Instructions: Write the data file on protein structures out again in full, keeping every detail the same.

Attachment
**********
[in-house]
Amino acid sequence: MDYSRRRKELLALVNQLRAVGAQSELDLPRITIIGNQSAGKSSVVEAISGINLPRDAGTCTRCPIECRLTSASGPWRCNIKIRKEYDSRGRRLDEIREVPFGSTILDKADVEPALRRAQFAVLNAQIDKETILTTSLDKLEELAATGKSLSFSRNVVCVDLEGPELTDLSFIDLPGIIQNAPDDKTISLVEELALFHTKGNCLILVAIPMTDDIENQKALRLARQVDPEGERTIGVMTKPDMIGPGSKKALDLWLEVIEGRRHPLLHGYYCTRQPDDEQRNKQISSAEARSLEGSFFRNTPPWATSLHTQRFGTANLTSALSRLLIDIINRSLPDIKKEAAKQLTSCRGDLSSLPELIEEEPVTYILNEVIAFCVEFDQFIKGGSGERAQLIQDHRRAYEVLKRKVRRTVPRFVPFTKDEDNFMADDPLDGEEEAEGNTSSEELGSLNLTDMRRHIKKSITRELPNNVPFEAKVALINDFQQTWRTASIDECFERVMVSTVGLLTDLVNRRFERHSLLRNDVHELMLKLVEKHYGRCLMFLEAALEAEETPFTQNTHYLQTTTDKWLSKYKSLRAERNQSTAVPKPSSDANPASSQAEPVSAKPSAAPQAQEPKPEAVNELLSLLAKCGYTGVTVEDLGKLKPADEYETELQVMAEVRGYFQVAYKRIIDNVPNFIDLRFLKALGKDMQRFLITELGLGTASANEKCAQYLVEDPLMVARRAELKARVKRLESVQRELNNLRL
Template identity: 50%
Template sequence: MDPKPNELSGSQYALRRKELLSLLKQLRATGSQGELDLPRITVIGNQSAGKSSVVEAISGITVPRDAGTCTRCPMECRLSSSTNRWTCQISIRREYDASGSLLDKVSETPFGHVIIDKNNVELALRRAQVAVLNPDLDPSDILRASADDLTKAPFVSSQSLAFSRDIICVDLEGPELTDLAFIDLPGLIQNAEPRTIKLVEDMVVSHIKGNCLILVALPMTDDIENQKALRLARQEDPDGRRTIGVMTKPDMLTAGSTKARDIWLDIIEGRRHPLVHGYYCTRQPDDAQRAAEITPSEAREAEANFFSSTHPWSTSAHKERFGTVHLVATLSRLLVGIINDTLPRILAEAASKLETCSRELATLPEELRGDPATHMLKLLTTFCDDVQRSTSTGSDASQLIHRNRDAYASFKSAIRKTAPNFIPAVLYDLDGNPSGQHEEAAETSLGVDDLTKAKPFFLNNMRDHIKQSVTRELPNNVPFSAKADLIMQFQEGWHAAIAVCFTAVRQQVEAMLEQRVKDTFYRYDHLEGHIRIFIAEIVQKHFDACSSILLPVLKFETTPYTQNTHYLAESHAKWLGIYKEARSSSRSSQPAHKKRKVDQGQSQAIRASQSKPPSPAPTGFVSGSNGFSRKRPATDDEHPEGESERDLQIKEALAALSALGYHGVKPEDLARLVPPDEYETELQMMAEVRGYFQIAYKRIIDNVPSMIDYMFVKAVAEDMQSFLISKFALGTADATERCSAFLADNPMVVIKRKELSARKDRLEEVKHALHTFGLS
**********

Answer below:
[in-house]
Amino acid sequence: MDYSRRRKELLALVNQLRAVGAQSELDLPRITIIGNQSAGKSSVVEAISGINLPRDAGTCTRCPIECRLTSASGPWRCNIKIRKEYDSRGRRLDEIREVPFGSTILDKADVEPALRRAQFAVLNAQIDKETILTTSLDKLEELAATGKSLSFSRNVVCVDLEGPELTDLSFIDLPGIIQNAPDDKTISLVEELALFHTKGNCLILVAIPMTDDIENQKALRLARQVDPEGERTIGVMTKPDMIGPGSKKALDLWLEVIEGRRHPLLHGYYCTRQPDDEQRNKQISSAEARSLEGSFFRNTPPWATSLHTQRFGTANLTSALSRLLIDIINRSLPDIKKEAAKQLTSCRGDLSSLPELIEEEPVTYILNEVIAFCVEFDQFIKGGSGERAQLIQDHRRAYEVLKRKVRRTVPRFVPFTKDEDNFMADDPLDGEEEAEGNTSSEELGSLNLTDMRRHIKKSITRELPNNVPFEAKVALINDFQQTWRTASIDECFERVMVSTVGLLTDLVNRRFERHSLLRNDVHELMLKLVEKHYGRCLMFLEAALEAEETPFTQNTHYLQTTTDKWLSKYKSLRAERNQSTAVPKPSSDANPASSQAEPVSAKPSAAPQAQEPKPEAVNELLSLLAKCGYTGVTVEDLGKLKPADEYETELQVMAEVRGYFQVAYKRIIDNVPNFIDLRFLKALGKDMQRFLITELGLGTASANEKCAQYLVEDPLMVARRAELKARVKRLESVQRELNNLRL
Template identity: 50%
Template sequence: MDPKPNELSGSQYALRRKELLSLLKQLRATGSQGELDLPRITVIGNQSAGKSSVVEAISGITVPRDAGTCTRCPMECRLSSSTNRWTCQISIRREYDASGSLLDKVSETPFGHVIIDKNNVELALRRAQVAVLNPDLDPSDILRASADDLTKAPFVSSQSLAFSRDIICVDLEGPELTDLAFIDLPGLIQNAEPRTIKLVEDMVVSHIKGNCLILVALPMTDDIENQKALRLARQEDPDGRRTIGVMTKPDMLTAGSTKARDIWLDIIEGRRHPLVHGYYCTRQPDDAQRAAEITPSEAREAEANFFSSTHPWSTSAHKERFGTVHLVATLSRLLVGIINDTLPRILAEAASKLETCSRELATLPEELRGDPATHMLKLLTTFCDDVQRSTSTGSDASQLIHRNRDAYASFKSAIRKTAPNFIPAVLYDLDGNPSGQHEEAAETSLGVDDLTKAKPFFLNNMRDHIKQSVTRELPNNVPFSAKADLIMQFQEGWHAAIAVCFTAVRQQVEAMLEQRVKDTFYRYDHLEGHIRIFIAEIVQKHFDACSSILLPVLKFETTPYTQNTHYLAESHAKWLGIYKEARSSSRSSQPAHKKRKVDQGQSQAIRASQSKPPSPAPTGFVSGSNGFSRKRPATDDEHPEGESERDLQIKEALAALSALGYHGVKPEDLARLVPPDEYETELQMMAEVRGYFQIAYKRIIDNVPSMIDYMFVKAVAEDMQSFLISKFALGTADATERCSAFLADNPMVVIKRKELSARKDRLEEVKHALHTFGLS